Aircraft operators needing to register their plans for the monitoring, reporting and verification of emissions data under Europe’s emissions trading scheme (ETS) are likely facing a revised deadline of around November 8. The European Commission (EC) is due to publish on August 22 a long-awaited revised list of operators and the European Union (EU) member state to which they have been allocated for compliance purposes.
Former NetJets Europe and Tag Aviation executive David Carlisle has set up his own company, ETS Aviation, to help aircraft operators comply with Europe’s new emissions trading scheme (ETS). Working with partners to develop a two-pronged solution, he is offering specialist software to allow operators to calculate their emissions tally and an online process for getting their emissions reports verified independently as required under the ETS.
Although the House removed from H.R.2454, the “American Clean Energy and Security Act of 2009” (ACES), a provision that would have set carbon emissions standards for new aircraft and new aircraft engines, business aviation advocates are worried about the law’s impact on their operations.
The UK government is pushing back the August 31 deadline for aircraft operators to register for the European Union’s new emissions trading scheme (ETS) and to file a plan for the monitoring, reporting and verification (MRV) of their carbon emissions. According to the British Business and General Aviation Association (BBGA), the revised deadline is likely to be around mid-November this year.
The UK government is delaying the August 31 deadline for aircraft operators to register for the European Union’s new emissions trading scheme (ETS) and to file a plan for the monitoring, reporting and verification of their carbon emissions. According to the British Business and General Aviation Association, the revised deadline is likely to be around mid-November, but this won’t be confirmed until next week.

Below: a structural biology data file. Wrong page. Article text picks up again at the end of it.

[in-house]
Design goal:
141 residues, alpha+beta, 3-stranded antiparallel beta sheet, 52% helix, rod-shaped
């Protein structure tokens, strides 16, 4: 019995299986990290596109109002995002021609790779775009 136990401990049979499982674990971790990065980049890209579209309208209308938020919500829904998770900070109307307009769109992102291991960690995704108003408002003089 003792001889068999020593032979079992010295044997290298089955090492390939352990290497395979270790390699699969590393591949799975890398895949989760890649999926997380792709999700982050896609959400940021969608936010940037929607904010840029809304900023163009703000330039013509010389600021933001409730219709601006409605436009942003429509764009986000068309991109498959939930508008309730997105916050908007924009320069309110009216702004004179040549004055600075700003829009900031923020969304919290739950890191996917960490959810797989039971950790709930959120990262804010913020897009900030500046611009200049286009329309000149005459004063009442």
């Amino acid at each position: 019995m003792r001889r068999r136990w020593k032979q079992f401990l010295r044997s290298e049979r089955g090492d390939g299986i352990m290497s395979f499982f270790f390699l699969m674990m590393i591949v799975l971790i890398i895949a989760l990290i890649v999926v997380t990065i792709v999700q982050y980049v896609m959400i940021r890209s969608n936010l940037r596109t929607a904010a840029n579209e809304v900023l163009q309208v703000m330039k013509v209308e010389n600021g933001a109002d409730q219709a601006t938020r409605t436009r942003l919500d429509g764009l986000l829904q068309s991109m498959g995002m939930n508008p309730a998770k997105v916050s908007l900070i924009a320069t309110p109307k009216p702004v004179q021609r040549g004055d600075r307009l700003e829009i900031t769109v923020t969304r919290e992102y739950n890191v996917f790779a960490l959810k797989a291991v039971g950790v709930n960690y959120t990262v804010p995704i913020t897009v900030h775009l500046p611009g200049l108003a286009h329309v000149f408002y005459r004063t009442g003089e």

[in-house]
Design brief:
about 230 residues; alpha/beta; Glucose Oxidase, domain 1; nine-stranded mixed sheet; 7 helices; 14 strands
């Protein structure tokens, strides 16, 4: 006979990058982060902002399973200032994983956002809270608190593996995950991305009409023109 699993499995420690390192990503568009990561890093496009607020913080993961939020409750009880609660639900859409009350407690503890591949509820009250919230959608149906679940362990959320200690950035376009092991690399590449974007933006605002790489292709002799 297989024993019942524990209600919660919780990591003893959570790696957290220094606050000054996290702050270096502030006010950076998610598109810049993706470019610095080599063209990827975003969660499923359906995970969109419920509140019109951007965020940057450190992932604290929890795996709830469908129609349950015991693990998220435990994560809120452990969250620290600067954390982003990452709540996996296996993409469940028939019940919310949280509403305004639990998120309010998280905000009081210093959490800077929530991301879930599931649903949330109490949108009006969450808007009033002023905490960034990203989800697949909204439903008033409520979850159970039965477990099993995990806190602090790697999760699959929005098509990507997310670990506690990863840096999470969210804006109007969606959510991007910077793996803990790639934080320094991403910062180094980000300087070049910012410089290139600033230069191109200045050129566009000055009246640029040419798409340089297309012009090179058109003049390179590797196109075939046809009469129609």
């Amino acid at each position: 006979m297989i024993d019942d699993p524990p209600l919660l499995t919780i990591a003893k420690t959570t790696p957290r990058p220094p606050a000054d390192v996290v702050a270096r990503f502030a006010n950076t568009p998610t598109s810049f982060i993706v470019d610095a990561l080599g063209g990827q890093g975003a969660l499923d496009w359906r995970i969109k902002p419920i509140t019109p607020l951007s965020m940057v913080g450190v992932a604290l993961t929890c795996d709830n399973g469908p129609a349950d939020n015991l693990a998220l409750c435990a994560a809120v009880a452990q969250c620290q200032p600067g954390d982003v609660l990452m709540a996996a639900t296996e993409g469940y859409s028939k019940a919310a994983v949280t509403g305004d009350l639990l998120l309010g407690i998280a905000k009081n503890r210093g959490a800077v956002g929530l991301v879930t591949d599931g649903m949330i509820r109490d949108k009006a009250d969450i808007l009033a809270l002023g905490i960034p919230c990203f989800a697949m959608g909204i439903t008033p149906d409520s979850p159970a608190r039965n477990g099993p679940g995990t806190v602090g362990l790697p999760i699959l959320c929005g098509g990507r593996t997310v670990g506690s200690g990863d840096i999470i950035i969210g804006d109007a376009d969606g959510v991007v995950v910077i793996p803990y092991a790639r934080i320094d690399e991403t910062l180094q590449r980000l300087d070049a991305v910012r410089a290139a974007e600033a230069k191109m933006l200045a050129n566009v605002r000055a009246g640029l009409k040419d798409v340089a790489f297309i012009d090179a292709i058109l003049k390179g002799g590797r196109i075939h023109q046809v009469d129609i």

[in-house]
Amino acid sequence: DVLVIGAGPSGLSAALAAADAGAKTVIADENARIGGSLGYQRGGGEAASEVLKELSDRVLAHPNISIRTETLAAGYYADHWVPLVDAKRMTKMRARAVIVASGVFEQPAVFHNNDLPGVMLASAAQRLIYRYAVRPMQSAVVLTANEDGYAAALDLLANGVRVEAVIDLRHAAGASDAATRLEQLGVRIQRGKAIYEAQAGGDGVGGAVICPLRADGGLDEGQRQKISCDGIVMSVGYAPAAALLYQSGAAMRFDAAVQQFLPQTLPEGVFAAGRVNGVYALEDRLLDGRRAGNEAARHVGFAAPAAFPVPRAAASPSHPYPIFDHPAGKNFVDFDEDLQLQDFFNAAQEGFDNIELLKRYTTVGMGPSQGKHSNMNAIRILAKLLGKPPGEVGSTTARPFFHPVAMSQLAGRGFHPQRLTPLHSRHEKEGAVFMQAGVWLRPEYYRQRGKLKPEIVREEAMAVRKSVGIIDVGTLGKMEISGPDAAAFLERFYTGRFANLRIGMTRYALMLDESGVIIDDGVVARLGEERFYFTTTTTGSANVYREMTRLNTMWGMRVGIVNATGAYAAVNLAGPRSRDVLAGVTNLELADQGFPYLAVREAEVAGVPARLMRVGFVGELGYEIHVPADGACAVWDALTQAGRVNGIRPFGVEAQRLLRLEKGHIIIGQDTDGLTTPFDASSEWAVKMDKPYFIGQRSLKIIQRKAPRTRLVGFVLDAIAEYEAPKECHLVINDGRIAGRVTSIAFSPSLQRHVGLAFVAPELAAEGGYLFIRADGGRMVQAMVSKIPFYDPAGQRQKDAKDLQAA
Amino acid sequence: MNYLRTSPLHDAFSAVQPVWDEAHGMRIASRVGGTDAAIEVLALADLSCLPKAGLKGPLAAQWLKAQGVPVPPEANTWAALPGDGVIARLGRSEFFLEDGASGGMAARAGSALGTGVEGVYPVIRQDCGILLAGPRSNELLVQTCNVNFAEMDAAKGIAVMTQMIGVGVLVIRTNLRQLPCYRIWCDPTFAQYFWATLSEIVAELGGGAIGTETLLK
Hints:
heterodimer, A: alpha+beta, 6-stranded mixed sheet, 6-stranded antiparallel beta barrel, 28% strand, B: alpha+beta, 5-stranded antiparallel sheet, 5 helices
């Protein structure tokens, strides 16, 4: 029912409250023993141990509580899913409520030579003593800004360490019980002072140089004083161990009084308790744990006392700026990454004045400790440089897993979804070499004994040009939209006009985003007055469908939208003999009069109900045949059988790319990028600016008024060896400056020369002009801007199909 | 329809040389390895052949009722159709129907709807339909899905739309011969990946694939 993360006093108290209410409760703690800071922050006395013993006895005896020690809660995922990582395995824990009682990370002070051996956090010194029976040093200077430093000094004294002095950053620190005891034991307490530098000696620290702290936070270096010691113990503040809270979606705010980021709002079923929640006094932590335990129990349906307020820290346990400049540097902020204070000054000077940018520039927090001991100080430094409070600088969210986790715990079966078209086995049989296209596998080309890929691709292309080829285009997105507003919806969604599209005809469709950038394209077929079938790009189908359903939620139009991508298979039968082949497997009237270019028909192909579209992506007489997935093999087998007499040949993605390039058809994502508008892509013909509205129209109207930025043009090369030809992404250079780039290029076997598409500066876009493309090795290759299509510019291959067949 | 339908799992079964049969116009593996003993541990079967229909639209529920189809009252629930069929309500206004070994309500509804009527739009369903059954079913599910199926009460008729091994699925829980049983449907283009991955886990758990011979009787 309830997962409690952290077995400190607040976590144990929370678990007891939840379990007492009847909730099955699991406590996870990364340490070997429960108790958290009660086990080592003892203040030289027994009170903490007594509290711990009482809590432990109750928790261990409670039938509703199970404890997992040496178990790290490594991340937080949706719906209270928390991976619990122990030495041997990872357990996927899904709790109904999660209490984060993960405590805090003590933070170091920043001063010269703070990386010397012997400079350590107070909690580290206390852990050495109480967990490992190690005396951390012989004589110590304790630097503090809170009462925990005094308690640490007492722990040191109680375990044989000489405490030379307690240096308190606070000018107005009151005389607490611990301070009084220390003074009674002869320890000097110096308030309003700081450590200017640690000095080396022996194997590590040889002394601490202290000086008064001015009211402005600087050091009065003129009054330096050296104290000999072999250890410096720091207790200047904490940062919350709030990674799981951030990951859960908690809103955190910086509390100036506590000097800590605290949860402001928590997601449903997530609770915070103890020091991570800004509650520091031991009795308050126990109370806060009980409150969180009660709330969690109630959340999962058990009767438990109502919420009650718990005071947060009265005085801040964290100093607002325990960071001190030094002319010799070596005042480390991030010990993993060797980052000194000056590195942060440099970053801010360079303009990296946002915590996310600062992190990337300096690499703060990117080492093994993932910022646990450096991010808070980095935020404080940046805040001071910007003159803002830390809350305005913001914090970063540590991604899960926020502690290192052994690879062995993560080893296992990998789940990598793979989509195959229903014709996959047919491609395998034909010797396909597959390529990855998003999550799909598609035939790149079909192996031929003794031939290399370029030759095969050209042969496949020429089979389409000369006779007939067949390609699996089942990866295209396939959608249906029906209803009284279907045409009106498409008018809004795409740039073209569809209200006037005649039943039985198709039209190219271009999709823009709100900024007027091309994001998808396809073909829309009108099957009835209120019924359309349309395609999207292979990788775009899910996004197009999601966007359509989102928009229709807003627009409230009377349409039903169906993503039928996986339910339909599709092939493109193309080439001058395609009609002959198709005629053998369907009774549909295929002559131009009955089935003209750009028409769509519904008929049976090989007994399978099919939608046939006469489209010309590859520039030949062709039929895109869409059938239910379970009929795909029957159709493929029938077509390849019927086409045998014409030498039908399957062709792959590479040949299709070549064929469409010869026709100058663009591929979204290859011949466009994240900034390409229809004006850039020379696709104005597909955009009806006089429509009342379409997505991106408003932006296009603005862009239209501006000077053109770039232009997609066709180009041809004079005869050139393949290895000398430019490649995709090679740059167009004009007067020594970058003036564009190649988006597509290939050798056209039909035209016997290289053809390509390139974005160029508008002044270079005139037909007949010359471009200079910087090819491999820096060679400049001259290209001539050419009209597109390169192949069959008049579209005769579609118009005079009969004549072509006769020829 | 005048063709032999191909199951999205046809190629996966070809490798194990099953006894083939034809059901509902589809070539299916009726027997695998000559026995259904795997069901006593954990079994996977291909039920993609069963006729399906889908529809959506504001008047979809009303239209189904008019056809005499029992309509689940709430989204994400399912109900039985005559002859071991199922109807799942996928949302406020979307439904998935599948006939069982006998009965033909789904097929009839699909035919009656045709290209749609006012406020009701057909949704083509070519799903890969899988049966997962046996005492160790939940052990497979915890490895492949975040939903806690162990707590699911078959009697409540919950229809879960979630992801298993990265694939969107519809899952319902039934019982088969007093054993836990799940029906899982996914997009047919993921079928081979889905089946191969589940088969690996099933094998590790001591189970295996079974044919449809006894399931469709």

A last-minute revision to legislation passed by the U.S. House of Representatives on Friday removed a requirement to set new greenhouse gas (GHG) emission standards for aircraft, potentially saving the U.S. commercial and business aviation industry billions of dollars between now and 2050. H.R.2454 would have called for business aviation’s carbon dioxide (CO2) emissions to be cut by one third as early as 2012 and by 90 percent by 2050.
Within 6 Months
Europe’s emission trading scheme (ETS) takes effect in 2012, but operators need to have an approved monitoring plan by the end of this year to participate in pre-compliance monitoring in 2010 and 2011. EBACE Convention News asked EBAA president and CEO Brian Humphries about how the new rules will affect European operators:
The House Energy and Commerce Committee’s draft of the American Clean Energy and Security Act of 2009 (Aces) creates greenhouse gas emission standards for aircraft and aircraft engines.
A recently released FAA proposal would amend FAR Part 34 fuel venting and exhaust emission requirements for turbine-powered airplanes, proposing new, tighter emission standards for engines manufactured after Dec. 31, 2003. Engines that entered production before that date will be grandfathered and exempt from the new standards.